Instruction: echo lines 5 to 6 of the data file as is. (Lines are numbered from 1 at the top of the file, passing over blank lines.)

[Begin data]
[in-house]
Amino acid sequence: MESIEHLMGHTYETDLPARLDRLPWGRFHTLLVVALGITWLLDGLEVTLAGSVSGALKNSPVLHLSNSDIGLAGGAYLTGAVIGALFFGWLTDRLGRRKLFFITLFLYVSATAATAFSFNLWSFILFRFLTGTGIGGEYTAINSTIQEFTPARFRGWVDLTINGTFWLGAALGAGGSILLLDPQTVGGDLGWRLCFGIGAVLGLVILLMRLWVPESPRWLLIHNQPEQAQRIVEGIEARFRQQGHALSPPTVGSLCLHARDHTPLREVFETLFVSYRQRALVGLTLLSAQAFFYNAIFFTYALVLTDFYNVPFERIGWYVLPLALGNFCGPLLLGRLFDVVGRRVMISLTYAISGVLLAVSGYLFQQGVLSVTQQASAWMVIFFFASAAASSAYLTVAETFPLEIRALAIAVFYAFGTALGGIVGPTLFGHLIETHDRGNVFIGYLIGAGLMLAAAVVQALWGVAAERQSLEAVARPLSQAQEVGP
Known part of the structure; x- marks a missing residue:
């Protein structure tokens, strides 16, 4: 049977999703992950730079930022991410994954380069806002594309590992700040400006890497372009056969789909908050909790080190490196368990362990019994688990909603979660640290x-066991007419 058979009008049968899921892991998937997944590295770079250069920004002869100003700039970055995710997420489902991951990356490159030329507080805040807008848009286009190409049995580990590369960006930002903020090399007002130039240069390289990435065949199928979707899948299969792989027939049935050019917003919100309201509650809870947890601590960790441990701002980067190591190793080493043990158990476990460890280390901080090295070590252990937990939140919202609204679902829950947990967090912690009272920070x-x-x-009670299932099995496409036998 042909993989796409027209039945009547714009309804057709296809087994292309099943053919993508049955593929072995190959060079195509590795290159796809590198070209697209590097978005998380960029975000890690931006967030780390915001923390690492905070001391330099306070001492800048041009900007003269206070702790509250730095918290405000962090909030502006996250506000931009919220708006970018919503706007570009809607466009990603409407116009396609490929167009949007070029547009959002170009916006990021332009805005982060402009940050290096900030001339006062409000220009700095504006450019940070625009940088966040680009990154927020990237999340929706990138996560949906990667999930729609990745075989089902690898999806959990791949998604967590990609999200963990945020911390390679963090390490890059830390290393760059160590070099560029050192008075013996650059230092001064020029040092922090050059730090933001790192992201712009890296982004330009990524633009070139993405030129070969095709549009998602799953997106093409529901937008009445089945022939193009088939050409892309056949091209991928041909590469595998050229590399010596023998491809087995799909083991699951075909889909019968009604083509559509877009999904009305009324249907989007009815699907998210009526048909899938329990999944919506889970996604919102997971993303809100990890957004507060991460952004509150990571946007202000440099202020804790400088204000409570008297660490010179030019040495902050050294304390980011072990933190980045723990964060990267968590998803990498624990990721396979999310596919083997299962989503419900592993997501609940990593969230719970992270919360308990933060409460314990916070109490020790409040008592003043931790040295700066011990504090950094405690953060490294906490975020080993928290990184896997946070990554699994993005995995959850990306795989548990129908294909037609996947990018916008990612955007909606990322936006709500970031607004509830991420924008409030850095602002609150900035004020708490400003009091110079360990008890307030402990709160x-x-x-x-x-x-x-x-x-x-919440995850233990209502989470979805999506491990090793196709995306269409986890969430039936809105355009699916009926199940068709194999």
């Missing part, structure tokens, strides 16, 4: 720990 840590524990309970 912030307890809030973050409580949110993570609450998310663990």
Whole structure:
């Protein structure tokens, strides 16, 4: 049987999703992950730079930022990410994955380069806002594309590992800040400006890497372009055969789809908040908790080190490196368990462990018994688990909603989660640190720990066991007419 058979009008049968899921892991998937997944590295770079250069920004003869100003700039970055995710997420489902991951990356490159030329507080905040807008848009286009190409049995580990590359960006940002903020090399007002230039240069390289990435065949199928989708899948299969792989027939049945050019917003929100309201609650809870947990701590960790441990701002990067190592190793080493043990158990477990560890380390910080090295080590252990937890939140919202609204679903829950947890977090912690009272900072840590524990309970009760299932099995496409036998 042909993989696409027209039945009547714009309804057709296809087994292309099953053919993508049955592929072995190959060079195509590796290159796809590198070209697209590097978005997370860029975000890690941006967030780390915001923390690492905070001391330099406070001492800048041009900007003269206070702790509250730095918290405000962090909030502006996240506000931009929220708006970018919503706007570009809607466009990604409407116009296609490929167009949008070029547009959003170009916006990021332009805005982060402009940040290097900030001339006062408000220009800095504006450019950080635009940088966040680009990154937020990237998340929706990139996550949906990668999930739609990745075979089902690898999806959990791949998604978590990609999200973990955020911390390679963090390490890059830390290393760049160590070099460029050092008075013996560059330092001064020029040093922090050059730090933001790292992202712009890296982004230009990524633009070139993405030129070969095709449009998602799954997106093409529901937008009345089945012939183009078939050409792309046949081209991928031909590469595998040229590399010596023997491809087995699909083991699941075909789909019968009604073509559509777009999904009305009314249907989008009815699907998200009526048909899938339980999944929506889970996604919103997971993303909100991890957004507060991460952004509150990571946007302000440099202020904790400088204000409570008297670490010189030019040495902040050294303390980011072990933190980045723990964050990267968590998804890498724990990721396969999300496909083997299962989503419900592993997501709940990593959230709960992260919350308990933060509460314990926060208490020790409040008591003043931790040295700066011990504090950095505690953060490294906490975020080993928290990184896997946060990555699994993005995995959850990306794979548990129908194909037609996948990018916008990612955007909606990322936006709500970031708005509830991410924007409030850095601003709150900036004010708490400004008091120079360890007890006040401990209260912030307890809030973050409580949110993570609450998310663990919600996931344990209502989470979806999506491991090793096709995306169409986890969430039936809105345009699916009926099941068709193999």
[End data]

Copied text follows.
């Missing part, structure tokens, strides 16, 4: 720990 840590524990309970 912030307890809030973050409580949110993570609450998310663990």
Whole structure: